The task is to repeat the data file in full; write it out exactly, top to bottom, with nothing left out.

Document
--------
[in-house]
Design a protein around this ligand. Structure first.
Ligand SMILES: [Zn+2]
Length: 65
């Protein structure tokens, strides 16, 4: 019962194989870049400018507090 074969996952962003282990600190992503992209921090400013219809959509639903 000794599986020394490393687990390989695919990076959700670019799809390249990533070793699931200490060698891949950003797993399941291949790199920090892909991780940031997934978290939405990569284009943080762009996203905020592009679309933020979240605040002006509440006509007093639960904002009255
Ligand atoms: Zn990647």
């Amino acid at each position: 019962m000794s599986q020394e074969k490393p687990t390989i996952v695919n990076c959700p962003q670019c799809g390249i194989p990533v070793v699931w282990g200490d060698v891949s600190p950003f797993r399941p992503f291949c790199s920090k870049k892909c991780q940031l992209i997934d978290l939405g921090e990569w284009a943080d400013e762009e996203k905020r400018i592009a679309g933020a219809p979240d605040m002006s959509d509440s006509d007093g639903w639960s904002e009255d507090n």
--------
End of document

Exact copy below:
[in-house]
Design a protein around this ligand. Structure first.
Ligand SMILES: [Zn+2]
Length: 65
């Protein structure tokens, strides 16, 4: 019962194989870049400018507090 074969996952962003282990600190992503992209921090400013219809959509639903 000794599986020394490393687990390989695919990076959700670019799809390249990533070793699931200490060698891949950003797993399941291949790199920090892909991780940031997934978290939405990569284009943080762009996203905020592009679309933020979240605040002006509440006509007093639960904002009255
Ligand atoms: Zn990647």
């Amino acid at each position: 019962m000794s599986q020394e074969k490393p687990t390989i996952v695919n990076c959700p962003q670019c799809g390249i194989p990533v070793v699931w282990g200490d060698v891949s600190p950003f797993r399941p992503f291949c790199s920090k870049k892909c991780q940031l992209i997934d978290l939405g921090e990569w284009a943080d400013e762009e996203k905020r400018i592009a679309g933020a219809p979240d605040m002006s959509d509440s006509d007093g639903w639960s904002e009255d507090n």